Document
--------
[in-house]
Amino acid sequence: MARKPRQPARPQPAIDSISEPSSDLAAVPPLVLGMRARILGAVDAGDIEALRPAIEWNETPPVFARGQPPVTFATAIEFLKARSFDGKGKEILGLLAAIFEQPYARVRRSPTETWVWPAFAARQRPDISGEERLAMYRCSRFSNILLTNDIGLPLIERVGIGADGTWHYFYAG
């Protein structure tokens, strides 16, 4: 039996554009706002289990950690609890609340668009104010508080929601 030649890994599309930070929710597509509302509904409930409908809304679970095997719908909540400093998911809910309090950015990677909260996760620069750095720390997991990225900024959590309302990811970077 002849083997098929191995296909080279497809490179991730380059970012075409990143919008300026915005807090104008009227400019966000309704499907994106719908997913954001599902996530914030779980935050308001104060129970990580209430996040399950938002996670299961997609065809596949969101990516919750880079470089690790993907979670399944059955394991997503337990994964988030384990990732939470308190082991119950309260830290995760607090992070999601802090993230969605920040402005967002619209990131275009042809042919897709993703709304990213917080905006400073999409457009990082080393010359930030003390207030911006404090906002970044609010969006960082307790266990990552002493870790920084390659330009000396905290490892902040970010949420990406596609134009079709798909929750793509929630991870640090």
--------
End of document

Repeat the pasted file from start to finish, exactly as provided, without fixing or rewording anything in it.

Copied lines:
[in-house]
Amino acid sequence: MARKPRQPARPQPAIDSISEPSSDLAAVPPLVLGMRARILGAVDAGDIEALRPAIEWNETPPVFARGQPPVTFATAIEFLKARSFDGKGKEILGLLAAIFEQPYARVRRSPTETWVWPAFAARQRPDISGEERLAMYRCSRFSNILLTNDIGLPLIERVGIGADGTWHYFYAG
């Protein structure tokens, strides 16, 4: 039996554009706002289990950690609890609340668009104010508080929601 030649890994599309930070929710597509509302509904409930409908809304679970095997719908909540400093998911809910309090950015990677909260996760620069750095720390997991990225900024959590309302990811970077 002849083997098929191995296909080279497809490179991730380059970012075409990143919008300026915005807090104008009227400019966000309704499907994106719908997913954001599902996530914030779980935050308001104060129970990580209430996040399950938002996670299961997609065809596949969101990516919750880079470089690790993907979670399944059955394991997503337990994964988030384990990732939470308190082991119950309260830290995760607090992070999601802090993230969605920040402005967002619209990131275009042809042919897709993703709304990213917080905006400073999409457009990082080393010359930030003390207030911006404090906002970044609010969006960082307790266990990552002493870790920084390659330009000396905290490892902040970010949420990406596609134009079709798909929750793509929630991870640090």